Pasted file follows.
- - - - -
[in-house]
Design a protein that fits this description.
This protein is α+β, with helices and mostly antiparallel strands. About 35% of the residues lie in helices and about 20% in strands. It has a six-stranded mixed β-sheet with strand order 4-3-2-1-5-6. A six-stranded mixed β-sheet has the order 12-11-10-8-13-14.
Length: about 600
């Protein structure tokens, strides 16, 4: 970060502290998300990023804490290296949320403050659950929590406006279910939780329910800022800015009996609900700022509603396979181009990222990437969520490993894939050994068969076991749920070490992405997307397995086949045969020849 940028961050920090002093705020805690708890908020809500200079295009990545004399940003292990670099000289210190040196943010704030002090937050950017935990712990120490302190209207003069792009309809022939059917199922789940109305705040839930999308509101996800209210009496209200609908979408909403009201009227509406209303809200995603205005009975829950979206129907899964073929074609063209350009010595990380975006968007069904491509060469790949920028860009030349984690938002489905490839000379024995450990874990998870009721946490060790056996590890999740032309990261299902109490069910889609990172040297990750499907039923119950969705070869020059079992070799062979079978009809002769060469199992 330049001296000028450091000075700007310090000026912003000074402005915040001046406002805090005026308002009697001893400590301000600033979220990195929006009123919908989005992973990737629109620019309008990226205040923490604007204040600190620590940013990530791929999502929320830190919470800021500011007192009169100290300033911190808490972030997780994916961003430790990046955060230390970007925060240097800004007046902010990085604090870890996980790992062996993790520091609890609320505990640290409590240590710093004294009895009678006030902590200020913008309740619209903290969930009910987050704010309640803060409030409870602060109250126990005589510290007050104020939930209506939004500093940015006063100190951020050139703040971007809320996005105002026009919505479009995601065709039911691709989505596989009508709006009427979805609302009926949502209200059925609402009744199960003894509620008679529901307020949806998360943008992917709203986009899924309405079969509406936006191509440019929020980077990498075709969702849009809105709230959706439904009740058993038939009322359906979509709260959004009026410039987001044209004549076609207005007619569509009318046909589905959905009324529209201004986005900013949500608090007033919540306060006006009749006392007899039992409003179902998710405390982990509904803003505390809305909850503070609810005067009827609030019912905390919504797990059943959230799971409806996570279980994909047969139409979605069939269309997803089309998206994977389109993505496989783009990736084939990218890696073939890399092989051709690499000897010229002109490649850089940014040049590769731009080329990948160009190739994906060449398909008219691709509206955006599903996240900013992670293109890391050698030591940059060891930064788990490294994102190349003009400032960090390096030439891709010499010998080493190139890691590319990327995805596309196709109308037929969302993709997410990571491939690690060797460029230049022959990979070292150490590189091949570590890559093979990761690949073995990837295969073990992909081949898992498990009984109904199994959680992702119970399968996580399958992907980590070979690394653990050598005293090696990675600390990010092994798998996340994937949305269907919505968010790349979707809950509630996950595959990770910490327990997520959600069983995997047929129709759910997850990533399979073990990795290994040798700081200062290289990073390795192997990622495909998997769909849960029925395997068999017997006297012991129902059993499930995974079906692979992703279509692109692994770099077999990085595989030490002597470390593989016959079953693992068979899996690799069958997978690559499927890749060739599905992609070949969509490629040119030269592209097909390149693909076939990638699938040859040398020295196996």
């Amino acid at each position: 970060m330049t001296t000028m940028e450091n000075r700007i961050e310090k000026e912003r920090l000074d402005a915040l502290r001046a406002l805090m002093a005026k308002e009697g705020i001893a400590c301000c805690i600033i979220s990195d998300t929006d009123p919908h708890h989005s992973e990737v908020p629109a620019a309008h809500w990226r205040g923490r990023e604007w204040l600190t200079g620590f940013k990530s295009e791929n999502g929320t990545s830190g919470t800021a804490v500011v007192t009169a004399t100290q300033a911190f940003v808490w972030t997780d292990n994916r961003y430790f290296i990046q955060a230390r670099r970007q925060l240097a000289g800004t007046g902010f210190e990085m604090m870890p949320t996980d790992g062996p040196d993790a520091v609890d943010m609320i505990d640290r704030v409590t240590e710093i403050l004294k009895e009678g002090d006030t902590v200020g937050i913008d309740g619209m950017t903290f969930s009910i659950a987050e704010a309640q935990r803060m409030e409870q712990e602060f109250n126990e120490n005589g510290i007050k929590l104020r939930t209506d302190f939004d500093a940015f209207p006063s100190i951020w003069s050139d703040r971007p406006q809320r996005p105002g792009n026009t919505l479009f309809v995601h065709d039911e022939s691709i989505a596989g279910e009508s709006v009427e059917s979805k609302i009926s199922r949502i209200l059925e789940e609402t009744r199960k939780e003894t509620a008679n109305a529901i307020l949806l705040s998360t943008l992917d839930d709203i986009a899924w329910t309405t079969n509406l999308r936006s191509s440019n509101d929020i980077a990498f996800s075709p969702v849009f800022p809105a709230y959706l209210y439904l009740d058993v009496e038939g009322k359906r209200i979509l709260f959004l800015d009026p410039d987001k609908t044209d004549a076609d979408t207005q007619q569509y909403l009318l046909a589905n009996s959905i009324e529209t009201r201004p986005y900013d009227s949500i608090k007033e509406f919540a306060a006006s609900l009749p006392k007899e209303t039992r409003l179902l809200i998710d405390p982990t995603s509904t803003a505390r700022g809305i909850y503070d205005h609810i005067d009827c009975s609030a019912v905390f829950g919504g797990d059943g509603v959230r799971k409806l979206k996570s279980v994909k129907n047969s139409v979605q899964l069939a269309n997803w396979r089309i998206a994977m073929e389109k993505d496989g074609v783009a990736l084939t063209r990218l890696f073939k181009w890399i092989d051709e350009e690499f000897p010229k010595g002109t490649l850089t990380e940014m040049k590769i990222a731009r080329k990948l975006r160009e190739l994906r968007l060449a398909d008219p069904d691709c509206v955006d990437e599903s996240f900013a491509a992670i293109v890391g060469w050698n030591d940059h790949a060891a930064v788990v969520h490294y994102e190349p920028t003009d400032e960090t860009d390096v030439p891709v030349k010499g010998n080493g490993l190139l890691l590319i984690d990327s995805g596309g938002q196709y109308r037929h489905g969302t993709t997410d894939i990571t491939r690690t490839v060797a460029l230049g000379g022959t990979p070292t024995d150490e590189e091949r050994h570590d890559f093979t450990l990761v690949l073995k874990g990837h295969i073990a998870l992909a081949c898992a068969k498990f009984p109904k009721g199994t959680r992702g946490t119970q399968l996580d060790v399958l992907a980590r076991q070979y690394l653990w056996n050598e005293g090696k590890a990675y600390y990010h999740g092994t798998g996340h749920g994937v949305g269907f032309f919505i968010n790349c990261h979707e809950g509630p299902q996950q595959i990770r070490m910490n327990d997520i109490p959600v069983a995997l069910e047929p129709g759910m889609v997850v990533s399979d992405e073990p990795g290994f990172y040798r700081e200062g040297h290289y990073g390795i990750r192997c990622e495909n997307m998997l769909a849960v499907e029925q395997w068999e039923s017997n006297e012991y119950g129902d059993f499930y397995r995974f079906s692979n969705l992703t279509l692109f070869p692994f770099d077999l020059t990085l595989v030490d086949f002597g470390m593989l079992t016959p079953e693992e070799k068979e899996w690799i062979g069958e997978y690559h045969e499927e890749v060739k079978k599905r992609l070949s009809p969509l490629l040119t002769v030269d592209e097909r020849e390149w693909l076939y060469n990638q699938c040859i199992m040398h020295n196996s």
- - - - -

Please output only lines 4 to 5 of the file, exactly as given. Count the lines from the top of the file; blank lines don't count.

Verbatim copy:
Length: about 600
């Protein structure tokens, strides 16, 4: 970060502290998300990023804490290296949320403050659950929590406006279910939780329910800022800015009996609900700022509603396979181009990222990437969520490993894939050994068969076991749920070490992405997307397995086949045969020849 940028961050920090002093705020805690708890908020809500200079295009990545004399940003292990670099000289210190040196943010704030002090937050950017935990712990120490302190209207003069792009309809022939059917199922789940109305705040839930999308509101996800209210009496209200609908979408909403009201009227509406209303809200995603205005009975829950979206129907899964073929074609063209350009010595990380975006968007069904491509060469790949920028860009030349984690938002489905490839000379024995450990874990998870009721946490060790056996590890999740032309990261299902109490069910889609990172040297990750499907039923119950969705070869020059079992070799062979079978009809002769060469199992 330049001296000028450091000075700007310090000026912003000074402005915040001046406002805090005026308002009697001893400590301000600033979220990195929006009123919908989005992973990737629109620019309008990226205040923490604007204040600190620590940013990530791929999502929320830190919470800021500011007192009169100290300033911190808490972030997780994916961003430790990046955060230390970007925060240097800004007046902010990085604090870890996980790992062996993790520091609890609320505990640290409590240590710093004294009895009678006030902590200020913008309740619209903290969930009910987050704010309640803060409030409870602060109250126990005589510290007050104020939930209506939004500093940015006063100190951020050139703040971007809320996005105002026009919505479009995601065709039911691709989505596989009508709006009427979805609302009926949502209200059925609402009744199960003894509620008679529901307020949806998360943008992917709203986009899924309405079969509406936006191509440019929020980077990498075709969702849009809105709230959706439904009740058993038939009322359906979509709260959004009026410039987001044209004549076609207005007619569509009318046909589905959905009324529209201004986005900013949500608090007033919540306060006006009749006392007899039992409003179902998710405390982990509904803003505390809305909850503070609810005067009827609030019912905390919504797990059943959230799971409806996570279980994909047969139409979605069939269309997803089309998206994977389109993505496989783009990736084939990218890696073939890399092989051709690499000897010229002109490649850089940014040049590769731009080329990948160009190739994906060449398909008219691709509206955006599903996240900013992670293109890391050698030591940059060891930064788990490294994102190349003009400032960090390096030439891709010499010998080493190139890691590319990327995805596309196709109308037929969302993709997410990571491939690690060797460029230049022959990979070292150490590189091949570590890559093979990761690949073995990837295969073990992909081949898992498990009984109904199994959680992702119970399968996580399958992907980590070979690394653990050598005293090696990675600390990010092994798998996340994937949305269907919505968010790349979707809950509630996950595959990770910490327990997520959600069983995997047929129709759910997850990533399979073990990795290994040798700081200062290289990073390795192997990622495909998997769909849960029925395997068999017997006297012991129902059993499930995974079906692979992703279509692109692994770099077999990085595989030490002597470390593989016959079953693992068979899996690799069958997978690559499927890749060739599905992609070949969509490629040119030269592209097909390149693909076939990638699938040859040398020295196996």